Abdulmutallab Life Sentence Demonstrates Strength of Federal Courts in Terrorism Cases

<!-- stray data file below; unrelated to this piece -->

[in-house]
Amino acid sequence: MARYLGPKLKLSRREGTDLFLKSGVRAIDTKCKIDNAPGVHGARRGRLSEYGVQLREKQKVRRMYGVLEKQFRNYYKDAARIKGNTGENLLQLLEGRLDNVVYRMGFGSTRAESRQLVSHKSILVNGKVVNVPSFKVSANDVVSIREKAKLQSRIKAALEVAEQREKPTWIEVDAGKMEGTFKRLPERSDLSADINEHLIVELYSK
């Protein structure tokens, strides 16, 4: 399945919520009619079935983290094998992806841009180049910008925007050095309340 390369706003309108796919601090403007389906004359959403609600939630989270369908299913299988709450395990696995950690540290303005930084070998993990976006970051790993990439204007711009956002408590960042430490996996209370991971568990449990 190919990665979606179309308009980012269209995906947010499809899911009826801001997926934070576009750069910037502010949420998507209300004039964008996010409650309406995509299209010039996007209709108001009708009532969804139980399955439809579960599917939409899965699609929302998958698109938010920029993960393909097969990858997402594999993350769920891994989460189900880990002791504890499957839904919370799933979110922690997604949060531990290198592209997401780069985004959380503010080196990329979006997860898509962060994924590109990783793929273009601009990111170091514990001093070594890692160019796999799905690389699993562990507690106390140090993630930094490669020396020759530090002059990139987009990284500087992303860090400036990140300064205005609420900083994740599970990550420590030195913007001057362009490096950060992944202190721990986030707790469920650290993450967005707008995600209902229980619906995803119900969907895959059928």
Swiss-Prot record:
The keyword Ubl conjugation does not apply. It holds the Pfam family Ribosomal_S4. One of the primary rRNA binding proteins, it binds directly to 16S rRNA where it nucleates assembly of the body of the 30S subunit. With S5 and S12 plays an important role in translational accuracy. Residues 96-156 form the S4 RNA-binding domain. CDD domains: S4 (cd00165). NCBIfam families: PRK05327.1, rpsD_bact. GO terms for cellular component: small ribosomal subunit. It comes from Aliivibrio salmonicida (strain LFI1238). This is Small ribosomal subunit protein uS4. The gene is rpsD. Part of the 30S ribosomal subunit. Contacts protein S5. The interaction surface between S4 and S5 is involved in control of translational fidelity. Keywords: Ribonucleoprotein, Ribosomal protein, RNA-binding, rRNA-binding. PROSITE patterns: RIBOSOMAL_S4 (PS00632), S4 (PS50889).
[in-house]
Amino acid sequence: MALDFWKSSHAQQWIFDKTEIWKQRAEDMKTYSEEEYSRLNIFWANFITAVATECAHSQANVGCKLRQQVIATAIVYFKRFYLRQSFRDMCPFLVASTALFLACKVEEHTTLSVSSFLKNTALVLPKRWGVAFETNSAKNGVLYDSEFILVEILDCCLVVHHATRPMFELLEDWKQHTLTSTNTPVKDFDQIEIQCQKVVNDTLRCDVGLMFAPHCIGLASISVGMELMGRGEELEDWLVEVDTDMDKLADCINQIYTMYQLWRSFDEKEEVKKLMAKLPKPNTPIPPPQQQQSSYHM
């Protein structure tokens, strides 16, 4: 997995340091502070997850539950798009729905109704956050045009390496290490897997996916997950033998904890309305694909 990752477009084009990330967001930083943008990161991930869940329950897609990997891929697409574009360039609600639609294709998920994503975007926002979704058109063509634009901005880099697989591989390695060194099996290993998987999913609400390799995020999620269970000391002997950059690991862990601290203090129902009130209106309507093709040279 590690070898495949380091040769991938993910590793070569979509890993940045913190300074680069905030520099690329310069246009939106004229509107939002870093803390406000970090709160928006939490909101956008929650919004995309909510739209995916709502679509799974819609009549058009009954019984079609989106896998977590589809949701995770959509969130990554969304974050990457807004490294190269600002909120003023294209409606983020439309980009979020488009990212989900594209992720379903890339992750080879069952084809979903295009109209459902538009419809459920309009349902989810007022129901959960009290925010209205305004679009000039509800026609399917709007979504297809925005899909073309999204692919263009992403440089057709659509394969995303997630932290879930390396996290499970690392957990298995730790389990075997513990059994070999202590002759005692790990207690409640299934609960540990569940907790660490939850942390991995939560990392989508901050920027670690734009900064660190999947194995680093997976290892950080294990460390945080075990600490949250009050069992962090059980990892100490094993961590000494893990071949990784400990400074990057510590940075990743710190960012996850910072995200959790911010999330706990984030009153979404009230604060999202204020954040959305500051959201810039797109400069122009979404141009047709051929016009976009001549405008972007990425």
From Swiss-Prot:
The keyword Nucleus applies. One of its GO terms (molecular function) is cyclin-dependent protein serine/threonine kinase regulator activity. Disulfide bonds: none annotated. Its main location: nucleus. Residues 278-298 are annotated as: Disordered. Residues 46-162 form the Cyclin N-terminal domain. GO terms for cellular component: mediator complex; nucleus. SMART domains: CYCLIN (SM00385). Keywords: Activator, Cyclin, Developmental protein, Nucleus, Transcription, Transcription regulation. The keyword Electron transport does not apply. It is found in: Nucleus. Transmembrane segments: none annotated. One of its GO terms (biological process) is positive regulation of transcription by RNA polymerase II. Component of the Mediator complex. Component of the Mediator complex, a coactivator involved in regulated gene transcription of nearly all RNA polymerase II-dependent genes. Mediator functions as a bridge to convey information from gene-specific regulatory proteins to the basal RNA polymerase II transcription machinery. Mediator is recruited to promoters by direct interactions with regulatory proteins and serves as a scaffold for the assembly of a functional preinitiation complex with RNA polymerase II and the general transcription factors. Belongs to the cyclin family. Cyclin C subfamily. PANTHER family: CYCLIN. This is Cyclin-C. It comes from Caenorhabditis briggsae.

Washington, DC – Today, in a Detroit federal courtroom, Umar Farouk Abdulmutallab was sentenced to life in prison for the attempted murder of 289 passengers on Northwest Airline Flight 253. The sentence was handed down less than six months after Abdulmutallab, better known as the Christmas-day “underwear bomber,” pled guilty in October 2011, just shy of two years after his crime. Human Rights First notes that the case provides further evidence that federal courts are the best option for holding accused terrorists accountable. “Today’s verdict proves once again that the U.S. federal courts are extremely tough on terrorism,” said Human Rights First’s Dixon Osburn. “The Abdulmutallab case was handled as all such cases should be: by U.S. law enforcement, who quickly and lawfully secured a confession from the suspect and then went on to obtain extensive information about his alleged co-conspirator, Anwar al-Awlaki. This is a perfect example of why terrorism should be investigated and prosecuted in the criminal justice system, not by the U.S. military.” Osburn continued, “Abdulmutallab is not a warrior. He is a thug who has been rightly treated like the criminal he is. He will now spend the rest of his life behind bars, unable to harm or threaten anyone. As with hundreds of other terrorism cases since the 9/11 attacks, the U.S. government was able to secure that outcome while still respecting basic human rights and the principles of justice upon which this country was founded.” Osburn notes that U.S. federal courts have a long track record of successfully bringing to justice over 400 individuals on terrorism-related charges. By contrast, the military commissions at Guantanamo Bay have convicted only six terrorists since their creation in 2001, and continue to face serious legal challenges that undermine the sustainability and credibility of their verdicts. In this case, prosecutors were able to gather truthful information from Abdulmutallab because of their willingness to allow him to plead guilty. Human Rights First, working with former federal prosecutors, has extensively analyzed the U.S. federal justice system’s handling of al Qaeda-linked terrorism cases since September 11, 2001. Its report, Pursuit of Justice, details the organization’s findings and is widely praised as one of the nation’s leading resources on the this topic. Click here to read Human Rights First’s fact sheet on this case. To speak to a Human Rights First expert on federal terrorism prosecutions and for additional comments on the Abdulmutallab case, contact Brenda Bowser Soder at 202-370-3323 or [email protected].